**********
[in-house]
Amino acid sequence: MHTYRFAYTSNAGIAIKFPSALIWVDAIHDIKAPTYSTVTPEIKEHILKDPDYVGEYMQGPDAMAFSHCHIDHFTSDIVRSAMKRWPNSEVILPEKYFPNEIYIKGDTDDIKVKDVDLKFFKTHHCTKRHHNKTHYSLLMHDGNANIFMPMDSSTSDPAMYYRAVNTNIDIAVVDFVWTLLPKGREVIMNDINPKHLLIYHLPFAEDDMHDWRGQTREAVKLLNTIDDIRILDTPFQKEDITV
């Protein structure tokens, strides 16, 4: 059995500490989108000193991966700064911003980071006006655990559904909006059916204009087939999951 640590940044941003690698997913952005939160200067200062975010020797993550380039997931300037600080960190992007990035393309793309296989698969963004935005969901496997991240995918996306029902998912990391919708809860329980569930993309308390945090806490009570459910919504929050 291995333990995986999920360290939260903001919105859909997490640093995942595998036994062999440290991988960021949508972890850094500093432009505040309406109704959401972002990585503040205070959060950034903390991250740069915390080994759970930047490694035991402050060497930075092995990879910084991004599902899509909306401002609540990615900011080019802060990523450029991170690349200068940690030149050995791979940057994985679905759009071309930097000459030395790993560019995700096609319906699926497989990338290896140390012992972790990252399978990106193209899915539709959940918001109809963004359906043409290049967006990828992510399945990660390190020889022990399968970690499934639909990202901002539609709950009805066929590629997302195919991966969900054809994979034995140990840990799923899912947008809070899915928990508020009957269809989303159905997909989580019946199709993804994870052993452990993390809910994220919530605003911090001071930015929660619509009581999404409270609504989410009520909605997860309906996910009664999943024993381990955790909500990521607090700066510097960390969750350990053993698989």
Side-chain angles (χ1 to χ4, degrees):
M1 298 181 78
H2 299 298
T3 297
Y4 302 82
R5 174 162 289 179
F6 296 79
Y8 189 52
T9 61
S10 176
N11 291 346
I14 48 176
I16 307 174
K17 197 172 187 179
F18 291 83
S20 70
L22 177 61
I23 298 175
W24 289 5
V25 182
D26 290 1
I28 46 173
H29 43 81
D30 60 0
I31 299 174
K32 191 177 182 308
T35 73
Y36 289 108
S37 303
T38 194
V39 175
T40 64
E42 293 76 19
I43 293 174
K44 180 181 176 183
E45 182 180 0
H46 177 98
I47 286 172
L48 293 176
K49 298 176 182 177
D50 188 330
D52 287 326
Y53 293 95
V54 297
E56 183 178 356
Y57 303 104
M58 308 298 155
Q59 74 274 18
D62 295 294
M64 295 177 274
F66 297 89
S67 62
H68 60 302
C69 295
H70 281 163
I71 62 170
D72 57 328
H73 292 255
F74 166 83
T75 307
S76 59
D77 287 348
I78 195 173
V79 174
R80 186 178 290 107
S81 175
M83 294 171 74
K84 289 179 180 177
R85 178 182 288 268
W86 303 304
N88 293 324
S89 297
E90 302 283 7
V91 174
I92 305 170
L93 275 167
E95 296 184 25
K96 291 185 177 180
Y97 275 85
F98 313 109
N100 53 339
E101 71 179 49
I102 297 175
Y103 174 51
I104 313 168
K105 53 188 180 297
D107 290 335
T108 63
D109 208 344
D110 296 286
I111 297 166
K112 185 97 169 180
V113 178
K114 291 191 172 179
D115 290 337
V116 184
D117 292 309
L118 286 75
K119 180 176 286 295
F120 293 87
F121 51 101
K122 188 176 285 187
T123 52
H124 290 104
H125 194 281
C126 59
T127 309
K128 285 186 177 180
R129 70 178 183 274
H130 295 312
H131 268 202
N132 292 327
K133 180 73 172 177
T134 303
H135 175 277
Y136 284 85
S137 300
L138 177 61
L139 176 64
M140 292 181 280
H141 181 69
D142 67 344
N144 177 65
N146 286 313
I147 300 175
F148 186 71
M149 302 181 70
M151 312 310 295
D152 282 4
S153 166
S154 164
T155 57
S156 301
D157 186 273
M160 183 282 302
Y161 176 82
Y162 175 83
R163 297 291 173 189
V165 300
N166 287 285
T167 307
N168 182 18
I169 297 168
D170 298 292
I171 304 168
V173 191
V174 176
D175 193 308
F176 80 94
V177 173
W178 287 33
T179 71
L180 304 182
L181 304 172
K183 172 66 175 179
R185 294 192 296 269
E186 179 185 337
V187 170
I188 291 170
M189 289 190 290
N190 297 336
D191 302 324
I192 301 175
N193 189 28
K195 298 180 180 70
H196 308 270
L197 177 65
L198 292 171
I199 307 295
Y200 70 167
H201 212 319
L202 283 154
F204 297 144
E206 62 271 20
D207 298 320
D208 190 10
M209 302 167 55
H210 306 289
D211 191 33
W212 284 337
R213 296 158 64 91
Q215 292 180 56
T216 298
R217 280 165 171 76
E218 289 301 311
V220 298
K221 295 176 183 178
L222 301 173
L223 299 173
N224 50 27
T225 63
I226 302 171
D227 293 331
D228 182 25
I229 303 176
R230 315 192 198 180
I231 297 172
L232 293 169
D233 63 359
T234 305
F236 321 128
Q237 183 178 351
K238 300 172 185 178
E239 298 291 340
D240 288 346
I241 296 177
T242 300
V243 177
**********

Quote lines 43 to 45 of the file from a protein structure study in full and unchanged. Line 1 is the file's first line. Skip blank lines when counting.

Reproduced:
K49 298 176 182 177
D50 188 330
D52 287 326